Next Your Health Freedom Symposium: Has been moved to September 18-19, 2020. Mark your calendars!

We will screen “1986: The Act,” and have a live Q&A with Andy Wakefield. Dr. Brian Hooker will speak about the new vaccinated v. unvaccinated study. Learn about birthing, emergency herbal remedies, survival/winter gardening, and much more! Tickets go on sale Thursday, August 13th. The event will be held in Pleasant Grove, Utah. Be sure to check out all our tabs for information on vaccine exemptions, and other health-related information. Get educated and involved! Here’s to health! http://www.yourhealthfreedom.org


Remember Friends, The Power to Heal is Yours!



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covid-19

Warning of serious brain disorders in people with mild coronavirus symptoms | World news | The Guardian

Doctors may be missing signs of serious and potentially fatal brain disorders triggered by coronavirus, as they emerge in mildly affected or recovering patients, scientists have warned.

Neurologists are on Wednesday publishing details of more than 40 UK Covid-19 patients whose complications ranged from brain inflammation and delirium to nerve damage and stroke. In some cases, the neurological problem was the patient’s first and main symptom.

The cases, published in the journal Brain, revealed a rise in a life-threatening condition called acute disseminated encephalomyelitis (Adem), as the first wave of infections swept through Britain. At UCL’s Institute of Neurology, Adem cases rose from one a month before the pandemic to two or three per week in April and May. One woman, who was 59, died of the complication.

A dozen patients had inflammation of the central nervous system, 10 had brain disease with delirium or psychosis, eight had strokes and a further eight had peripheral nerve problems, mostly diagnosed as Guillain-Barré syndrome, an immune reaction that attacks the nerves and causes paralysis. It is fatal in 5% of cases.

“We’re seeing things in the way Covid-19 affects the brain that we haven’t seen before with other viruses,” said Michael Zandi, a senior author on the study and a consultant at the institute and University College London Hospitals NHS foundation trust.

“What we’ve seen with some of these Adem patients, and in other patients, is you can have severe neurology, you can be quite sick, but actually have trivial lung disease,” he added.

“Biologically, Adem has some similarities with multiple sclerosis, but it is more severe and usually happens as a one-off. Some patients are left with long-term disability, others can make a good recovery.”

The cases add to concerns over the long-term health effects of Covid-19, which have left some patients breathless and fatigued long after they have cleared the virus, and others with numbness, weakness and memory problems.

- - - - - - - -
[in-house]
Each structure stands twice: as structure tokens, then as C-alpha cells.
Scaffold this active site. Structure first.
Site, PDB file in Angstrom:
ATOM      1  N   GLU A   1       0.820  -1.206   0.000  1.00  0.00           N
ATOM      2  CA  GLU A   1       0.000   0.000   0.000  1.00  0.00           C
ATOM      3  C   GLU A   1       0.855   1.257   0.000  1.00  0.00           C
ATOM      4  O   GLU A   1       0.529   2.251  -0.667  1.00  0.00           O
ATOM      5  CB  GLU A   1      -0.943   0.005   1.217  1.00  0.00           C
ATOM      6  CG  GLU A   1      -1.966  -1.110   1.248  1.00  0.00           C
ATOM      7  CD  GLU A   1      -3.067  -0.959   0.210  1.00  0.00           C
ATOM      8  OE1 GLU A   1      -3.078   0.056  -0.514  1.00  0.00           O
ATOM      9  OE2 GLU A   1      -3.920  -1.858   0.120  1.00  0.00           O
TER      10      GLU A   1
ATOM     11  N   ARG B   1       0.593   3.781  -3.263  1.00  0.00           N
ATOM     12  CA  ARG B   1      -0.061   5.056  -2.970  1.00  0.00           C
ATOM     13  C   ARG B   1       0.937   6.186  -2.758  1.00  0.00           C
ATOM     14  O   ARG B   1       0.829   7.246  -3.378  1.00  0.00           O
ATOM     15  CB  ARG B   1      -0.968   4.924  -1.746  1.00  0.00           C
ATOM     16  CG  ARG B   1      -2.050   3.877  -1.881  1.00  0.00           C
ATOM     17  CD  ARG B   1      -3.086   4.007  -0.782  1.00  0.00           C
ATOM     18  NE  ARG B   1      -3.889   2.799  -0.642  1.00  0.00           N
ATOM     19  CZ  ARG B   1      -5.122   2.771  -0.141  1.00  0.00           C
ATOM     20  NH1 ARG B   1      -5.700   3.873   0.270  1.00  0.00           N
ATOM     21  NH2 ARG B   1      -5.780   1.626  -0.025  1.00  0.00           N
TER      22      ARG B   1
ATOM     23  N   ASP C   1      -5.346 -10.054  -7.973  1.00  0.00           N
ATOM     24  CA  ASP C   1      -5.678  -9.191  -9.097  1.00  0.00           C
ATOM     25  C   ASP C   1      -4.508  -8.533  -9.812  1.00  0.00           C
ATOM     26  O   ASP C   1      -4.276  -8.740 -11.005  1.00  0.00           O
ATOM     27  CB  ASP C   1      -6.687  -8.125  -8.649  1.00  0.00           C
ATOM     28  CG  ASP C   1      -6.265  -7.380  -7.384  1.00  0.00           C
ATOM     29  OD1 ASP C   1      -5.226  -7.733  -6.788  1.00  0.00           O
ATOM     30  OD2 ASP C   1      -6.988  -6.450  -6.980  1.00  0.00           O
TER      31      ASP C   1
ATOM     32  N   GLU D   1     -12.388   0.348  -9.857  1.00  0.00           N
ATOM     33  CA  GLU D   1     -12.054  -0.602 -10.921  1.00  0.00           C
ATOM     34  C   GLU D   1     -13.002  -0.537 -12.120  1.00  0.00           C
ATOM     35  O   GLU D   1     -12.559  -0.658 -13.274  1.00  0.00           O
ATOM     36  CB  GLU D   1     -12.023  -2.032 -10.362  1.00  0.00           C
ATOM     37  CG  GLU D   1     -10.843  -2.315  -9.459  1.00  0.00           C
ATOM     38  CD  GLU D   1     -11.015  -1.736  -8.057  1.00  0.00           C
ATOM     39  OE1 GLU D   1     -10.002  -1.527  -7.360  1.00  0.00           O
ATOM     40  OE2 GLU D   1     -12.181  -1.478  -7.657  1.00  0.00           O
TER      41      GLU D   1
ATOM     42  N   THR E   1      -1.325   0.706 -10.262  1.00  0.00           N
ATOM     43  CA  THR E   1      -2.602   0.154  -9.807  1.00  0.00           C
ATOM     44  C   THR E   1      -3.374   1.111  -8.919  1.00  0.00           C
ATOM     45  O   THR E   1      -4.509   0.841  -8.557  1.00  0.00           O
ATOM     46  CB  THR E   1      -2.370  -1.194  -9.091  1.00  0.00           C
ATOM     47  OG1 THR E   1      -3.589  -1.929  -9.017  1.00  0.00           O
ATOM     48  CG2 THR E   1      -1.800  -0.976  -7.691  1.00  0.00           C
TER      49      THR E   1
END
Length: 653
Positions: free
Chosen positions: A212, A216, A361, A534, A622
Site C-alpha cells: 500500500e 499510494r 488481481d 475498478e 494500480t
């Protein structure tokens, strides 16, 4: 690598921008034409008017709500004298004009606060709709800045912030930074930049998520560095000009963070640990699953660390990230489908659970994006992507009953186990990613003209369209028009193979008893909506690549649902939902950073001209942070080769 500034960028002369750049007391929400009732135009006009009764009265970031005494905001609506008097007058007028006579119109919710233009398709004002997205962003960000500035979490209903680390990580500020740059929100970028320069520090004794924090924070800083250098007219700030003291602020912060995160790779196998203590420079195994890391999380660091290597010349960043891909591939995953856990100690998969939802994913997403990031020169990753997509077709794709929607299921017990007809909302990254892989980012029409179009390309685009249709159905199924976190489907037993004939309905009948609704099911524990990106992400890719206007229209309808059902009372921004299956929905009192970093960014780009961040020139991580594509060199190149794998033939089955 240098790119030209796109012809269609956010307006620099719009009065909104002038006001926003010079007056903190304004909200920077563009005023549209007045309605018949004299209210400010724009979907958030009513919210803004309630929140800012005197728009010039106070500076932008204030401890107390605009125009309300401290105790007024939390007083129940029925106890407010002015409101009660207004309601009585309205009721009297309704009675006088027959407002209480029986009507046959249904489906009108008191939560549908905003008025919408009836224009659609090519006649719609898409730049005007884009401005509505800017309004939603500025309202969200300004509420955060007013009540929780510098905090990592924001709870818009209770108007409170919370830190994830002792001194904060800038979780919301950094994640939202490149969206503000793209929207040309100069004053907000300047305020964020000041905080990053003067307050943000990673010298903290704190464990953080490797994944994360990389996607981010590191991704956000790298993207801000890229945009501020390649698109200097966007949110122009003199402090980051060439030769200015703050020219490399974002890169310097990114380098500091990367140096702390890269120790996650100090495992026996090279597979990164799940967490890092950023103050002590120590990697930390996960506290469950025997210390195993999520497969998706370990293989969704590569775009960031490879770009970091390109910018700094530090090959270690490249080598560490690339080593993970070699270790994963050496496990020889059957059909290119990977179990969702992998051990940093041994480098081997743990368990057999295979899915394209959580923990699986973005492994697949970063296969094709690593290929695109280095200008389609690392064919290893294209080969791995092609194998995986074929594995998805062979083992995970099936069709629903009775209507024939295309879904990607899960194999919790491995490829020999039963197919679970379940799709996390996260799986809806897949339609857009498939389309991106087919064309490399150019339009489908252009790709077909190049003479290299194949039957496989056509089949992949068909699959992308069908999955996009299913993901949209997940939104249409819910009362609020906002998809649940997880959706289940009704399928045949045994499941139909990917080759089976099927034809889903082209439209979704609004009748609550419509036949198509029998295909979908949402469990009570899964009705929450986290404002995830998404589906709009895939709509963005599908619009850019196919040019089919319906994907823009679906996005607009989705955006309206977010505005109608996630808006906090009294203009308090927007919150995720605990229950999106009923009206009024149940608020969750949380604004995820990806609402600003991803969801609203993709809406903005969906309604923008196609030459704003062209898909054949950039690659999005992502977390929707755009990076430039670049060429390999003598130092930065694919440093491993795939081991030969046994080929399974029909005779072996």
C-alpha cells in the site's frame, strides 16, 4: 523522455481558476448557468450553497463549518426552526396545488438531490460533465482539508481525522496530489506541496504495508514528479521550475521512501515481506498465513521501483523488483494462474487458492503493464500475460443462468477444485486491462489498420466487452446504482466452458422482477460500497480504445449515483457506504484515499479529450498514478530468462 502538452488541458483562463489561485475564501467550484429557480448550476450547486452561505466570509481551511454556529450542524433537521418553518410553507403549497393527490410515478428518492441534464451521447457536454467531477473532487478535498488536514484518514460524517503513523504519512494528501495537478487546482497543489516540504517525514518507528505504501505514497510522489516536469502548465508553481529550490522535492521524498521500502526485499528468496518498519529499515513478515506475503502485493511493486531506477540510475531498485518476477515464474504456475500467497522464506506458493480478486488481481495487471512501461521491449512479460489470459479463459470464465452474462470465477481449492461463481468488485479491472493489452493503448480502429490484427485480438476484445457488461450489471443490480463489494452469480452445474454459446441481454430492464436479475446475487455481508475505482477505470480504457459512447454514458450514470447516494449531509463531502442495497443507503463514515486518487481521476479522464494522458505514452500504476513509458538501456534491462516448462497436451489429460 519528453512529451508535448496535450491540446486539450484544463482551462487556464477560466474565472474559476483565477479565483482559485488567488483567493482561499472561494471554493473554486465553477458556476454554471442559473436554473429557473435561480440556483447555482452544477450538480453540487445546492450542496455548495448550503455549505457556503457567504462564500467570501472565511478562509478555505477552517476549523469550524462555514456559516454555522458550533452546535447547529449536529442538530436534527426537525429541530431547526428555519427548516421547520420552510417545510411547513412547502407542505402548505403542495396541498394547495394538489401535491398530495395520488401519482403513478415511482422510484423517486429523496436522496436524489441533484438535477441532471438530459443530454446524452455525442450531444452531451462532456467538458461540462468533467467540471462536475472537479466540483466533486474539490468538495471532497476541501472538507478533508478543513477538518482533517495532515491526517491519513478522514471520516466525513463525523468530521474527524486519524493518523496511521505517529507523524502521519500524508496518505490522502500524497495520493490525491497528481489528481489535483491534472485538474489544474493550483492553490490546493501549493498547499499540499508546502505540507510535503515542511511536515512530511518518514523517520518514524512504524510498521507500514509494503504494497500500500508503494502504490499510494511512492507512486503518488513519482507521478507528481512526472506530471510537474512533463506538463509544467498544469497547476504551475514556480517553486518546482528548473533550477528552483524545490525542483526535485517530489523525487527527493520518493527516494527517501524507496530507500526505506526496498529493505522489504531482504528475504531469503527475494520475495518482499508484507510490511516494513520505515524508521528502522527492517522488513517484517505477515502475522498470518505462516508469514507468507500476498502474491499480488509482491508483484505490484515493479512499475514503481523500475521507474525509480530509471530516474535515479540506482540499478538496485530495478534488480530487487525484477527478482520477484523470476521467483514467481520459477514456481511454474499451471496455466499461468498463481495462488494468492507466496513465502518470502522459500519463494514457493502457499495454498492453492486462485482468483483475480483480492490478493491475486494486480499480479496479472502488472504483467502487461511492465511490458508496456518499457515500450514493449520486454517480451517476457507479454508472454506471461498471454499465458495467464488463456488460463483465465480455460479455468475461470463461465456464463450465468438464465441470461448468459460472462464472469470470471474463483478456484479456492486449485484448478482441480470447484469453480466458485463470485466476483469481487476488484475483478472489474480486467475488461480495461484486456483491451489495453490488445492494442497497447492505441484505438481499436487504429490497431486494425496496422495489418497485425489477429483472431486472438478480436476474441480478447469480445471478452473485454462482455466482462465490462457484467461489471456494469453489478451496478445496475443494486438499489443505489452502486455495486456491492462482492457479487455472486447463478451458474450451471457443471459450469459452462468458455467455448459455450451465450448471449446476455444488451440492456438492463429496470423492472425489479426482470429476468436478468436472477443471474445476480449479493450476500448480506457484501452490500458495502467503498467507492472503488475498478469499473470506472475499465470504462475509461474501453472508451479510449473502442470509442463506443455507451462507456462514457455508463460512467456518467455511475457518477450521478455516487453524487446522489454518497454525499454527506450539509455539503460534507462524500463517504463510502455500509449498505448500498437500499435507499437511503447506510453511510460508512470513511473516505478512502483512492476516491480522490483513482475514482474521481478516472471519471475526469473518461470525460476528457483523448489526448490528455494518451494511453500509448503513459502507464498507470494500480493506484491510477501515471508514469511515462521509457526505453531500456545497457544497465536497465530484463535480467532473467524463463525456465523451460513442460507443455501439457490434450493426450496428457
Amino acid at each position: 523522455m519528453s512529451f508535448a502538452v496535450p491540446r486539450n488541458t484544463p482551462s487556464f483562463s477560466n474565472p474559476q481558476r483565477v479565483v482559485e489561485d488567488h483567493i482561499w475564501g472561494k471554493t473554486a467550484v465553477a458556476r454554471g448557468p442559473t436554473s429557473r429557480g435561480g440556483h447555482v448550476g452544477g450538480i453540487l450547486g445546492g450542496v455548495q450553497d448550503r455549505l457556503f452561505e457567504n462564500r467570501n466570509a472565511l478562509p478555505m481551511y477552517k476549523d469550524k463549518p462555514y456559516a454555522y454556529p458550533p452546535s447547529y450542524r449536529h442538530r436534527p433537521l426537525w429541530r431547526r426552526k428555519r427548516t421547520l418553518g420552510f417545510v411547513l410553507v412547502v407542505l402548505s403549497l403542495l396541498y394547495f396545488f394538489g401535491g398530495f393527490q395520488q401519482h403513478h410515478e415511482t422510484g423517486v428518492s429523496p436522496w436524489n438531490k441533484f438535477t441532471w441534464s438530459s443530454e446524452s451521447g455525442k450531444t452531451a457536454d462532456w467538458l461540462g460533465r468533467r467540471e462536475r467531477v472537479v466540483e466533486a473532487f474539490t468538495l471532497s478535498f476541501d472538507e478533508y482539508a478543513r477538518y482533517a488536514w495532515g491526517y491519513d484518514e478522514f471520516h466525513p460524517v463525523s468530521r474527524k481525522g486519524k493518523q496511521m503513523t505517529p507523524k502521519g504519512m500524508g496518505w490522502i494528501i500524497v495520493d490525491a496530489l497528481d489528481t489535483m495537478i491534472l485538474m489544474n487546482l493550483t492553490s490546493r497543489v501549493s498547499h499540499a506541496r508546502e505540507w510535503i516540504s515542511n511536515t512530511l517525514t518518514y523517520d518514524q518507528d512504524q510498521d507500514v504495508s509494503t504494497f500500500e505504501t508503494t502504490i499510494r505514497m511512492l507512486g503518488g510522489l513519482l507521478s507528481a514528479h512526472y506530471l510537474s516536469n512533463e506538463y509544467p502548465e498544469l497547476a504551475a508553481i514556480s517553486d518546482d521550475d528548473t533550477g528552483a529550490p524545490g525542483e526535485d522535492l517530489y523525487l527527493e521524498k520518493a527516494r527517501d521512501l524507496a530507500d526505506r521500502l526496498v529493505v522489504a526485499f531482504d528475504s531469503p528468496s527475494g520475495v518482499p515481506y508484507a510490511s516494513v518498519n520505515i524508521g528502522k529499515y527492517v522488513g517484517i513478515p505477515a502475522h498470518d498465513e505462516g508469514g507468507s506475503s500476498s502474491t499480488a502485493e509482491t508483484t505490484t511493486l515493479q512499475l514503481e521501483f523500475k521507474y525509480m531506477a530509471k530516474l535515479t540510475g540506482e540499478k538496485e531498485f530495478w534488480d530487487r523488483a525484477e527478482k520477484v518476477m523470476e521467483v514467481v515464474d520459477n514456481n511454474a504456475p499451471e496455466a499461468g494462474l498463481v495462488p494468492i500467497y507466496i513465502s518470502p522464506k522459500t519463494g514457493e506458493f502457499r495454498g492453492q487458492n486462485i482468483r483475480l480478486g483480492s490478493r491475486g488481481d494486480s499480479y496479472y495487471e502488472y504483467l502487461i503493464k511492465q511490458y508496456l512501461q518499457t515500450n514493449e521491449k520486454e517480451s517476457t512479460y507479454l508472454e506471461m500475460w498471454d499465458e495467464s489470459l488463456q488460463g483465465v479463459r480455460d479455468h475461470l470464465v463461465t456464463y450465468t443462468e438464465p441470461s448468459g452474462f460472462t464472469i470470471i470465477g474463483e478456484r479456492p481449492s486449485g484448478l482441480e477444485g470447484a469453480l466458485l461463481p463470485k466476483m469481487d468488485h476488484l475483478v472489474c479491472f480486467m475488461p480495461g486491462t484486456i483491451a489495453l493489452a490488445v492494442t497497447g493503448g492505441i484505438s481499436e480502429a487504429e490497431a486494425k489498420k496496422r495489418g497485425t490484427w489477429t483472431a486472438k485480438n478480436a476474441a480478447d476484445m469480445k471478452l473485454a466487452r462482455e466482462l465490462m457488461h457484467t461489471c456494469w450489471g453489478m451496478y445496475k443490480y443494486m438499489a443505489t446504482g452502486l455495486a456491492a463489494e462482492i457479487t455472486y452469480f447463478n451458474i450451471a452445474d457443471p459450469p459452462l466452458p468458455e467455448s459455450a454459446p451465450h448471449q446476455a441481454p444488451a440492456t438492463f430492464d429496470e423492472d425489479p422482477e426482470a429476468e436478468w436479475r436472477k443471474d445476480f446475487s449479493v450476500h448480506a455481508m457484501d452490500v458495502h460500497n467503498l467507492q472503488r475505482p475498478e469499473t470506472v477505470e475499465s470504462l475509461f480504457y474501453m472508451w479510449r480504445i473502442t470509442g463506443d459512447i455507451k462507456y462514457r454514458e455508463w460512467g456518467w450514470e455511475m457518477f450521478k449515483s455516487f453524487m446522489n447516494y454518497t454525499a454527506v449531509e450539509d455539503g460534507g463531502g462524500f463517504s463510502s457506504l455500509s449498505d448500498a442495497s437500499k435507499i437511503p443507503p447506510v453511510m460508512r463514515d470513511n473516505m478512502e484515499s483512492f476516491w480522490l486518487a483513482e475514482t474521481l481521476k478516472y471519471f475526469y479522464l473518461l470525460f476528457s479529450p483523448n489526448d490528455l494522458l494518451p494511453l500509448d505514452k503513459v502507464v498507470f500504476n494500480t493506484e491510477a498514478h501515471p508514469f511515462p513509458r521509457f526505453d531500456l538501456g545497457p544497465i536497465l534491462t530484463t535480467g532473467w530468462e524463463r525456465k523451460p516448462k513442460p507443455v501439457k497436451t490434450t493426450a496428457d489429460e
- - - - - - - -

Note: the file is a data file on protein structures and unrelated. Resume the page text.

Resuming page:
One coronavirus patient described in the paper, a 55-year-old woman with no history of psychiatric illness, began to behave oddly the day after she was discharged from hospital.

She repeatedly put her coat on and took it off again and began to hallucinate, reporting that she saw monkeys and lions in her house. She was readmitted to hospital and gradually improved on antipsychotic medication.

Another woman, aged 47, was admitted to hospital with a headache and numbness in her right hand a week after a cough and fever came on. She later became drowsy and unresponsive and required an emergency operation to remove part of her skull to relieve pressure on her swollen brain.

“We want clinicians around the world to be alert to these complications of coronavirus,” Zandi said. He urged physicians, GPs and healthcare workers with patients with cognitive symptoms, memory problems, fatigue, numbness, or weakness, to discuss the case with neurologists.

“The message is not to put that all down to the recovery, and the psychological aspects of recovery,” he said. “The brain does appear to be involved in this illness.”

The full range of brain disorders caused by Covid-19 may not have been picked up yet, because many patients in hospitals are too sick to examine in brain scanners or with other procedures. “What we really need now is better research to look at what’s really going on in the brain,” Zandi said.

One concern is that the virus could leave a minority of the population with subtle brain damage that only becomes apparent in years to come. This may have happened in the wake of the 1918 flu pandemic, when up to a million people appeared to develop brain disease.

“It’s a concern if some hidden epidemic could occur after Covid where you’re going to see delayed effects on the brain, because there could be subtle effects on the brain and slowly things happen over the coming years, but it’s far too early for us to judge now,” Zandi said.

“We hope, obviously, that that’s not going to happen, but when you’ve got such a big pandemic affecting such a vast proportion of the population it’s something we need to be alert to.”

David Strain, a senior clinical lecturer at the University of Exeter Medical School, said that only a small number of patients appeared to experience serious neurological complications and that more work was needed to understand their prevalence.